- Your tenant gets a new job in a new location and needs to move immediately.
- Your tenant is getting married and needs to find someone else to finish out their lease.
- Your tenant loses a job and can’t afford to pay rent anymore.
- Your tenant simply wants to live somewhere else.
As with almost any management situation, there are pros and cons of subletting an apartment. Is allowing subletting a good idea for you? It depends on your situation, the tenant you’re dealing with and myriad other factors. To help you make the best decision about a subletting lease rental agreement at your property, here’s a rundown of the key considerations to ponder before you make a final choice.
Pros of Allowing Sublets on Your Property
Let’s start with the good stuff. Allowing subleasing can be a marketing tool. Sometimes it comes up as you’re showing a property to a prospective resident. They want to know if you allow subleasing. You answer “yes,” and they’re sometimes more likely to rent. You answer “no,” and they could be more likely to pass. Of course, when it’s a renter’s market rather than an owner’s market, you’ll be more likely to make concessions out of financial necessity.
Subleasing is also often a more desirable situation than forcing a tenant to pay for an empty apartment. For example, if you have a tenant who is traveling abroad or going home from school for the summer, it’s better for security, maintenance and the overall function of the unit for it to be occupied. The subleasing tenant will use the plumbing, gas and electricity, and they can let you know if anything goes wrong — rather than you finding out only after the primary tenant returns. Ultimately, you’ll have a happier tenant – which is always the best situation to be in.
If you do choose to allow subletting lease rental agreements, here’s one key.
You must have a relationship with the subleasing tenant. If you let the primary tenant play middle man without getting to know the person living in your property, all sorts of challenges and inconveniences turn up.
It’s OK to allow subleasing in some situations, but you must always invest in the subleasing tenant and get to know them. Make sure you have their contact information, and create a relationship with them. It makes for a better situation for all involved.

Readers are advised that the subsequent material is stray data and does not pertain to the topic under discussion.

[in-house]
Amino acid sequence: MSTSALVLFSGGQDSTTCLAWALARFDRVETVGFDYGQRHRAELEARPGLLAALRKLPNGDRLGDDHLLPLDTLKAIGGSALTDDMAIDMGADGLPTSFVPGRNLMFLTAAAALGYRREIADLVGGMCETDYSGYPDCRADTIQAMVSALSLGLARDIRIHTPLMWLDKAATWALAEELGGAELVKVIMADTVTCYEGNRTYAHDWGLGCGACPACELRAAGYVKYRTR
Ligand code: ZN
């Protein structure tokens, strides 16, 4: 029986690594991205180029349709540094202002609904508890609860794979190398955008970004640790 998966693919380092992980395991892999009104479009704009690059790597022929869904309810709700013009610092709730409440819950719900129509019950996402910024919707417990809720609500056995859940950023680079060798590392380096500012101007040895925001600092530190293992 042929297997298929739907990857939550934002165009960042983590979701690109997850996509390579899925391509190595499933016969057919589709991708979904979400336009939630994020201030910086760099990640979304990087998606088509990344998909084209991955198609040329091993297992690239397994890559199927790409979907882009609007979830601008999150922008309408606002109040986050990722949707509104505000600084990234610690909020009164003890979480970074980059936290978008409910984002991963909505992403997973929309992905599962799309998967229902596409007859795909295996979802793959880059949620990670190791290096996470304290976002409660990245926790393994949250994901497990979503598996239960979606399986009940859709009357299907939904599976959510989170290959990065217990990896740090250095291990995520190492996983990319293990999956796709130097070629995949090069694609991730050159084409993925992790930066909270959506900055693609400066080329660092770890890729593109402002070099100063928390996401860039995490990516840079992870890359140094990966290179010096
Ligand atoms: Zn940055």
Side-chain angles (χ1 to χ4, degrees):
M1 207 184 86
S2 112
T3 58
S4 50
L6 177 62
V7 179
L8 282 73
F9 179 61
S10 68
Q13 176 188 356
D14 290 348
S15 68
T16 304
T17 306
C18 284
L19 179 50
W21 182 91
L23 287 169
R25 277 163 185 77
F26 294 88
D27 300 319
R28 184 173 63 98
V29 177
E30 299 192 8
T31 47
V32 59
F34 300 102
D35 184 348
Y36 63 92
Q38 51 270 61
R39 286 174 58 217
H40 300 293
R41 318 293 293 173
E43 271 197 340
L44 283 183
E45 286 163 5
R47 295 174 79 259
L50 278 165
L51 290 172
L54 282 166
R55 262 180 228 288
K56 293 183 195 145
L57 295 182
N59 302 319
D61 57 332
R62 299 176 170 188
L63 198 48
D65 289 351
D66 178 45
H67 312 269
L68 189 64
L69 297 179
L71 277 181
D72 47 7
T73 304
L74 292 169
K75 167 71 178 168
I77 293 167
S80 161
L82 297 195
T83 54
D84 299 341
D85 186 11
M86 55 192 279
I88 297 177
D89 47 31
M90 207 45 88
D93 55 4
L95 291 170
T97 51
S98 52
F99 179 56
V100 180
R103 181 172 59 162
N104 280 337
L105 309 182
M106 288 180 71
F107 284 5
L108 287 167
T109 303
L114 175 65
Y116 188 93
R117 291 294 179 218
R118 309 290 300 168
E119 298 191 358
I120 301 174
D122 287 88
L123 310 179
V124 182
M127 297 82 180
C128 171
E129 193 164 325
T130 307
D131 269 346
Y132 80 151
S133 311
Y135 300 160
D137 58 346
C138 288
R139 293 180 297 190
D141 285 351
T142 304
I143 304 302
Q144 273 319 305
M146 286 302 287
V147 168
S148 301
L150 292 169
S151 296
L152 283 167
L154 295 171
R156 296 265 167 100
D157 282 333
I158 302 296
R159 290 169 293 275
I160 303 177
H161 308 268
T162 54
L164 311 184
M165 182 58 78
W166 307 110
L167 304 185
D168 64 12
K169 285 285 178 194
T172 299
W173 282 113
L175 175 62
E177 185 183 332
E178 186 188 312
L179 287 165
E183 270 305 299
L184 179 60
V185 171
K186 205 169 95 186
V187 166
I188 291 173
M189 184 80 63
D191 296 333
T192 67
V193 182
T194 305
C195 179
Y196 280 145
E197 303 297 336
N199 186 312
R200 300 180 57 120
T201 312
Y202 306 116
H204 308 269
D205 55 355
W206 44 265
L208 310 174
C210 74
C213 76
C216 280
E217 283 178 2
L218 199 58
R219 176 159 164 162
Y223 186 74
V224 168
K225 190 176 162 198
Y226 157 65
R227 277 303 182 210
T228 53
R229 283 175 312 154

Cons of Allowing Sublets on Your Property
If the primary tenant fails to screen the subleasing tenant, you may find:
- They don’t treat your property with respect
- They don’t treat their neighbors with respect
- They otherwise behave in ways you would prefer they didn’t
These issues, however, can be mitigated by requiring the sublessee to go through the same screening process as your initial tenant. You may also want to consider charging them a security deposit.
Finally, one of the greatest inconveniences is if or when you must evict a subleasing tenant. This is especially painful if they’ve been keeping up with their end of the bargain while the primary resident hasn’t lived up to their contract with you. In essence, you’ll need to evict two tenants for the price of one. Evictions are a big enough pain on their own without layering in the challenges of evicting a sublet tenant.
What Should You Do About Allowing Tenants to Sublet?
Again, this is your decision. Subleasing is perfectly acceptable under the right conditions — especially when it’s a tough rental market and you need to keep units filled. But if you don’t have trouble filling your units and you’d prefer to avoid the headaches that often accompany subleasing, take a pass. There are no subleasing laws that require you to allow it, so make the best decision for you.
And one final thing: You may find tenants who sublease without your permission. This should be a total non-starter. You must know who is living on your property for a number of reasons, and you do have illegal subletting landlord rights that should be standard as part of your lease agreements. Whether or not you choose to sublet, you should always maintain as much control as possible over your properties and tenants who are calling them home.